by Luke Wayne
The Book of Esther, though divinely inspired scripture, doesn't mention God by any name or title. Indeed, there is no direct reference to God at all. This has led some modern scholars to claim that the book was originally intended as a purely secular history. Later apocryphal additions were made to a Greek version of the text which added overt references to God in various places (these were later incorporated into the Roman Catholic Canon.) This perhaps shows that, in certain ancient Jewish communities, there were also concerns about the lack of explicit references to God. Scholars have suggested that this may also be the reason that there is no copy or even mention of the Book of Esther among the Dead Sea Scrolls and why the Qumran community does not appear to have celebrated the festival of "Purim" established in Esther. It seems that many throughout history, and certainly some today, have been troubled by this apparent absence of God in a biblical narrative.
All such concerns, however, actually miss the point of the book! The author carefully crafts his historical narrative in such a way that God is not directly mentioned, and yet His involvement is quite obvious to the reader throughout. He does so specifically and intentionally to deal with God's hiddenness yet continued care of His people while they were cast from His presence in the exile. When the temple was destroyed, and God's people were dispersed, and under His wrath, many felt abandoned and alone. God seemed absent. He seemed hidden. They felt cut off, not merely from their homeland, but from God Himself. The Book of Esther embodies that hiddenness while showing that, in fact, God was still there protecting and preserving His people. God may have been chastising them, but He had not abandoned them. John Wesley rightly wrote:
“The name of God is not found in this book: but the finger of God is, directing so many minute events for the deliverance of his people,”1
Using a word play with the name "Esther" and the Hebrew word for "hide" (astir), the Talmud connects the narrative of Esther to the prophecy in Deuteronomy:2
"But I will surely hide My face in that day because of all the evil which they will do, for they will turn to other gods," (Deuteronomy 31:18).
When the people went into exile, God hid Himself from them. They had to feel His absence. Yet, God had not truly abandoned His people. He was still faithful to all His promises, and thus He was preserving them even when they could not see it. We read, for example, of Mordecai warning Esther:
"For if you remain silent at this time, relief and deliverance will arise for the Jews from another place and you and your father’s house will perish. And who knows whether you have not attained royalty for such a time as this?” (Esther 4:13-14).
The certainty that the deliverance for the Jews will come no matter what Esther does and the suggestion that Esther attained her royal position for a specific purpose is obviously referring to God's providential hand at work. Yet, in reporting these events, the author goes out of his way to avoid actually mentioning God. Esther then replies to Mordecai:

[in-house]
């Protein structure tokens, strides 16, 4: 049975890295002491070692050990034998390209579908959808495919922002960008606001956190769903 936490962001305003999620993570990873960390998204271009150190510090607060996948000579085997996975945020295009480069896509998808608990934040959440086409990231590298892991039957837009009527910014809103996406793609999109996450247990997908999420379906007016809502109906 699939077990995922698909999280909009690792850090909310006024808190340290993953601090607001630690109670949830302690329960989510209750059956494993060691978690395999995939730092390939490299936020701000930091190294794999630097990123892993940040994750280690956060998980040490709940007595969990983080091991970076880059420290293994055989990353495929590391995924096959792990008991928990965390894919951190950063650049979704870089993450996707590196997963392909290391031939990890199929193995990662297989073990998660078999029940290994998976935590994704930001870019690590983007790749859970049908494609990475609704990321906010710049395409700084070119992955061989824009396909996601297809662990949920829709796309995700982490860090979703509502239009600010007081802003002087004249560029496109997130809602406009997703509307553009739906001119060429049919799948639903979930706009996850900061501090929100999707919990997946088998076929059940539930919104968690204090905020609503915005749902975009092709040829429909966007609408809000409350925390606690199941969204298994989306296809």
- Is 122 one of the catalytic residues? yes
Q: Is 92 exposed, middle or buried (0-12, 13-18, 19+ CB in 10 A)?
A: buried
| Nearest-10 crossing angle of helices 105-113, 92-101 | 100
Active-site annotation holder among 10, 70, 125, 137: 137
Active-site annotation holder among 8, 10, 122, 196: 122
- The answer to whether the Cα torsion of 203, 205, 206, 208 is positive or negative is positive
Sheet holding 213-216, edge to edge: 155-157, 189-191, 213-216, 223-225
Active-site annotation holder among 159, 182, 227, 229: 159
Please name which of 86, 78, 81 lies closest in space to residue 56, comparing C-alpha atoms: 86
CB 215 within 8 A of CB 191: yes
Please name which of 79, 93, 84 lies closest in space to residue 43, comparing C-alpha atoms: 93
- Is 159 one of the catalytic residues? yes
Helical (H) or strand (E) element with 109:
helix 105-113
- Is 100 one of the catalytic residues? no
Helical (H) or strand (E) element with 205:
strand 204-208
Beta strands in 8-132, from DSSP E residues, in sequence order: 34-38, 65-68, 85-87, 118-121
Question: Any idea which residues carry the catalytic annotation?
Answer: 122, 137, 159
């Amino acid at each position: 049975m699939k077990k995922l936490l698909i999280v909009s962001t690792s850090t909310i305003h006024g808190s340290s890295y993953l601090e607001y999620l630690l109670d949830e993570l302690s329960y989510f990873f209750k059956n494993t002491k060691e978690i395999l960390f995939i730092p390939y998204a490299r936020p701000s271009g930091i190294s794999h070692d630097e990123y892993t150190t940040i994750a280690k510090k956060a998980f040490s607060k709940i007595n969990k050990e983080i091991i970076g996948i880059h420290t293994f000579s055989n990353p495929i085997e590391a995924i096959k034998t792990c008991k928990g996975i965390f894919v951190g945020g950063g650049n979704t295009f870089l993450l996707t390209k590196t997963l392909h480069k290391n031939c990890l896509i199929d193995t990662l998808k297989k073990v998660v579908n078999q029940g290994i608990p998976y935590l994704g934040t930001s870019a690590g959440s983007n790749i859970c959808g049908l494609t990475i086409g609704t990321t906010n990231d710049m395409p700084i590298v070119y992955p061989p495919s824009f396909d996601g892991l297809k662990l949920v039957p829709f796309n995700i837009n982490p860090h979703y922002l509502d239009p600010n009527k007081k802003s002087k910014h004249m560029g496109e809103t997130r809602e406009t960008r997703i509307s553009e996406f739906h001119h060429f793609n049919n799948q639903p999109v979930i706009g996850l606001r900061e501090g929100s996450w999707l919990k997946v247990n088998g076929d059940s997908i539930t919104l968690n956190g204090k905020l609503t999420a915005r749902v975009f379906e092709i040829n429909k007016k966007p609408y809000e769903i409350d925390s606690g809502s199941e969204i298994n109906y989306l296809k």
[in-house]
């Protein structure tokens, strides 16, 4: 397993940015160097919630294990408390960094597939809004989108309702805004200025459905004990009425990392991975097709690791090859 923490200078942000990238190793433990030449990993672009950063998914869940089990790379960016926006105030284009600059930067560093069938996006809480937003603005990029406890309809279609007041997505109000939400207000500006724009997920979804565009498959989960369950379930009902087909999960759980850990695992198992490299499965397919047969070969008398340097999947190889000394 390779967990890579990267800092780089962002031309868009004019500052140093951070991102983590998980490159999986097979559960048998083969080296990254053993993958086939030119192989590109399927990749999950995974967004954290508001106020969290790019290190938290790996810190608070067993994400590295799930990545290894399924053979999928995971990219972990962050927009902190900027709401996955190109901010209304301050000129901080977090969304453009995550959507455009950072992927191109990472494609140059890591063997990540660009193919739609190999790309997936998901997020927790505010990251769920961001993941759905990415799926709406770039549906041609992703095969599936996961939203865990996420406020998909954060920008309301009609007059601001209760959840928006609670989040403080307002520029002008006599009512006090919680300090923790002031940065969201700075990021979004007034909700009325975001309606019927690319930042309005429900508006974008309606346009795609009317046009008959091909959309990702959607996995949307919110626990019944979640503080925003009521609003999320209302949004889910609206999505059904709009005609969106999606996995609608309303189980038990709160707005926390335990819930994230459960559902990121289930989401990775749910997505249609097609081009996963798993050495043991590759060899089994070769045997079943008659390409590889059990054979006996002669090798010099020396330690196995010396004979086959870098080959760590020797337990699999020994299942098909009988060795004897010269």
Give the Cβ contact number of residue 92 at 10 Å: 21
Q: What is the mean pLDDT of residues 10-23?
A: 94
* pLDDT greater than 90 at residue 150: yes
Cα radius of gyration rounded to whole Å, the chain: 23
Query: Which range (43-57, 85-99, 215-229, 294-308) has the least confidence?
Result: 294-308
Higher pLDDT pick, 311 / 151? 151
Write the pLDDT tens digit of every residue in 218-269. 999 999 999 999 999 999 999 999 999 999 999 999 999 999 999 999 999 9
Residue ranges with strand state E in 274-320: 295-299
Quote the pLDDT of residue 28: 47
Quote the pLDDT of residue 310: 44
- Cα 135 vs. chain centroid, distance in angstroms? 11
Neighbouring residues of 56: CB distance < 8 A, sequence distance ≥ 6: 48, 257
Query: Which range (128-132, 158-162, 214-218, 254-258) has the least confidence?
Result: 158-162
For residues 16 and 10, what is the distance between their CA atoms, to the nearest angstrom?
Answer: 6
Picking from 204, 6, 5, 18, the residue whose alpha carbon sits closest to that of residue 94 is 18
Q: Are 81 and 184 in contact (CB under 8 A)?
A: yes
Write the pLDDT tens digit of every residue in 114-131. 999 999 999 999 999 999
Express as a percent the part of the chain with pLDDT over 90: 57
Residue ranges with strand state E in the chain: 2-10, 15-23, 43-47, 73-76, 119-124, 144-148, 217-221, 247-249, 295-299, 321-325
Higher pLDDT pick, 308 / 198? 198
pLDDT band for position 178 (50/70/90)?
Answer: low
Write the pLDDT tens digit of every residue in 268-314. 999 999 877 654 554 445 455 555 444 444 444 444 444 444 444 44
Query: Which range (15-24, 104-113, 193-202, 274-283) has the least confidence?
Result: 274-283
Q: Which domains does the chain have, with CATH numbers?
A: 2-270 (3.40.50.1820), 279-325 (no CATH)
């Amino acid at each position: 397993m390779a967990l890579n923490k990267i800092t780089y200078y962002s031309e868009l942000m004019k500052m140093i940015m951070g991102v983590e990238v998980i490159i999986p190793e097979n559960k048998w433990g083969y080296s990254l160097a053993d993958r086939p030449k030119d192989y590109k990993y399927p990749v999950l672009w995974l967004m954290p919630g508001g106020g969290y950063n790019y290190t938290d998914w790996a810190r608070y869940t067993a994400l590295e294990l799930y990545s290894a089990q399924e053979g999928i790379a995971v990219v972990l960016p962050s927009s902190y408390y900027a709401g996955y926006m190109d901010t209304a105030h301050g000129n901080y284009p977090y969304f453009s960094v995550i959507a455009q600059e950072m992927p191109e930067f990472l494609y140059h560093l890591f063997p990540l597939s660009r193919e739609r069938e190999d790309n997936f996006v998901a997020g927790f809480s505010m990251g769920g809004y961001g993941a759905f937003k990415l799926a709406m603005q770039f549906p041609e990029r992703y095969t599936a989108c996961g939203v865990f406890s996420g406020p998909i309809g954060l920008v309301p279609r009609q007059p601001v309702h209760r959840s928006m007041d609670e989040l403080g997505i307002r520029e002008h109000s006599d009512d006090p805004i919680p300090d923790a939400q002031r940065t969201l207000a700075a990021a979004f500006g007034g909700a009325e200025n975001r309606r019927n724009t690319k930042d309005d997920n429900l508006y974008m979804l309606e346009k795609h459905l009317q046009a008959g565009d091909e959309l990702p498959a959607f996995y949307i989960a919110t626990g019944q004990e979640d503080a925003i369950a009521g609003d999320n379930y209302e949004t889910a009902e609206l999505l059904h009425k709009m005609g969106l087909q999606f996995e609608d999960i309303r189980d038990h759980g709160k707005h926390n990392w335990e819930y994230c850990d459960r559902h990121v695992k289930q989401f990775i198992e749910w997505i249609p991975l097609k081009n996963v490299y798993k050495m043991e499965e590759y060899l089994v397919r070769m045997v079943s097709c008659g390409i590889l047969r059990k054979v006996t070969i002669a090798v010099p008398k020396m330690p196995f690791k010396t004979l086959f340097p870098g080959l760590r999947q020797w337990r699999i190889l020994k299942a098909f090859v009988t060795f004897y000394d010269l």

"Go, assemble all the Jews who are found in Susa, and fast for me; do not eat or drink for three days, night or day. I and my maidens also will fast in the same way. And thus I will go in to the king, which is not according to the law; and if I perish, I perish," (Esther 4:16).
Esther asking the Jews to "fast for her," before she takes this great risk is clearly a request for intercession in the hope of divine favor. The earliest Christian readers certainly perceived this, writing things like:
“Esther also, being perfect in faith, exposed herself to no less danger, in order to deliver the twelve tribes of Israel from impending destruction. For with fasting and humiliation she entreated the everlasting God, who seeth all things; and He, perceiving the humility of her spirit, delivered the people for whose sake she had encountered peril,” (Clement of Rome, Letter to the Corinthians, Chapter 55).3
Esther and the Jews of Susa were appealing to God in hopes that He would intervene and grant her favor before the king. Yet, in telling of these events, the author avoids directly mentioning God or even using the word "prayer" which would be an explicit reference to God. The author isn't telling a narrative that happens to exclude any reference to God. He is going out of his way to avoid mentioning God even when he is plainly talking about God. The same idea runs through the entire narrative, in which everything is orchestrated by events beyond any human control in such a way to ensure that the Jews are delivered and their enemies punished. The author records the events in such a way that God's presence in the history reported could scarcely be more obvious to the reader, and yet one is also confronted with God's strange and haunting absence from the actual text. In this way, the author conveys his powerful point. God hid Himself from His people in their time of exile, but God did not forsake them. God is still faithful to His covenant, and in His secret providence, He was protecting them and prospering them even while He was punishing them and correcting them for their sins against Him.